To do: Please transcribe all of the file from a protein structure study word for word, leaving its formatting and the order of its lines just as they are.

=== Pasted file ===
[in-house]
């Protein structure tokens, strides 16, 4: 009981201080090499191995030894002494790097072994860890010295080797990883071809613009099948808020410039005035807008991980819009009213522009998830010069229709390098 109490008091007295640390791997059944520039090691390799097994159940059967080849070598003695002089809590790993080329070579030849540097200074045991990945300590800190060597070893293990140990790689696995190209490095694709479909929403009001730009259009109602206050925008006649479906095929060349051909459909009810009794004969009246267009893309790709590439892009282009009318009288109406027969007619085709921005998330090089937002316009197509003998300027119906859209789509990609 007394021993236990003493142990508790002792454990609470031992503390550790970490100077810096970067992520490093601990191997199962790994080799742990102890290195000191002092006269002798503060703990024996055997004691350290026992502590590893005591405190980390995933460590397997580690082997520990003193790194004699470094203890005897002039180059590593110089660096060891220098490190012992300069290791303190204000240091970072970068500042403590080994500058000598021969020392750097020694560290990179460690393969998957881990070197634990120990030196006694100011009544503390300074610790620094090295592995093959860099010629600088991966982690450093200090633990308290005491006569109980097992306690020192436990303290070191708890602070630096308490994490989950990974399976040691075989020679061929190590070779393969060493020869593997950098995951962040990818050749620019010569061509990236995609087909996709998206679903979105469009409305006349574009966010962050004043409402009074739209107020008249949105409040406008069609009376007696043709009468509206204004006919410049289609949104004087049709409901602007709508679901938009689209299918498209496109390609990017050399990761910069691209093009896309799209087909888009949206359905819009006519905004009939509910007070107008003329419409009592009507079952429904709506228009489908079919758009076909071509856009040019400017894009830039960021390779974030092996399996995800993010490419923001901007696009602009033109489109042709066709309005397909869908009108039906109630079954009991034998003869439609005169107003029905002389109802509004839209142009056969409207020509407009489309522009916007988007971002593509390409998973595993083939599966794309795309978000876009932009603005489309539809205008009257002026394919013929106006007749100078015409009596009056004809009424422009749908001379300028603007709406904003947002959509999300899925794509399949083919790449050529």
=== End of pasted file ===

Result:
[in-house]
């Protein structure tokens, strides 16, 4: 009981201080090499191995030894002494790097072994860890010295080797990883071809613009099948808020410039005035807008991980819009009213522009998830010069229709390098 109490008091007295640390791997059944520039090691390799097994159940059967080849070598003695002089809590790993080329070579030849540097200074045991990945300590800190060597070893293990140990790689696995190209490095694709479909929403009001730009259009109602206050925008006649479906095929060349051909459909009810009794004969009246267009893309790709590439892009282009009318009288109406027969007619085709921005998330090089937002316009197509003998300027119906859209789509990609 007394021993236990003493142990508790002792454990609470031992503390550790970490100077810096970067992520490093601990191997199962790994080799742990102890290195000191002092006269002798503060703990024996055997004691350290026992502590590893005591405190980390995933460590397997580690082997520990003193790194004699470094203890005897002039180059590593110089660096060891220098490190012992300069290791303190204000240091970072970068500042403590080994500058000598021969020392750097020694560290990179460690393969998957881990070197634990120990030196006694100011009544503390300074610790620094090295592995093959860099010629600088991966982690450093200090633990308290005491006569109980097992306690020192436990303290070191708890602070630096308490994490989950990974399976040691075989020679061929190590070779393969060493020869593997950098995951962040990818050749620019010569061509990236995609087909996709998206679903979105469009409305006349574009966010962050004043409402009074739209107020008249949105409040406008069609009376007696043709009468509206204004006919410049289609949104004087049709409901602007709508679901938009689209299918498209496109390609990017050399990761910069691209093009896309799209087909888009949206359905819009006519905004009939509910007070107008003329419409009592009507079952429904709506228009489908079919758009076909071509856009040019400017894009830039960021390779974030092996399996995800993010490419923001901007696009602009033109489109042709066709309005397909869908009108039906109630079954009991034998003869439609005169107003029905002389109802509004839209142009056969409207020509407009489309522009916007988007971002593509390409998973595993083939599966794309795309978000876009932009603005489309539809205008009257002026394919013929106006007749100078015409009596009056004809009424422009749908001379300028603007709406904003947002959509999300899925794509399949083919790449050529």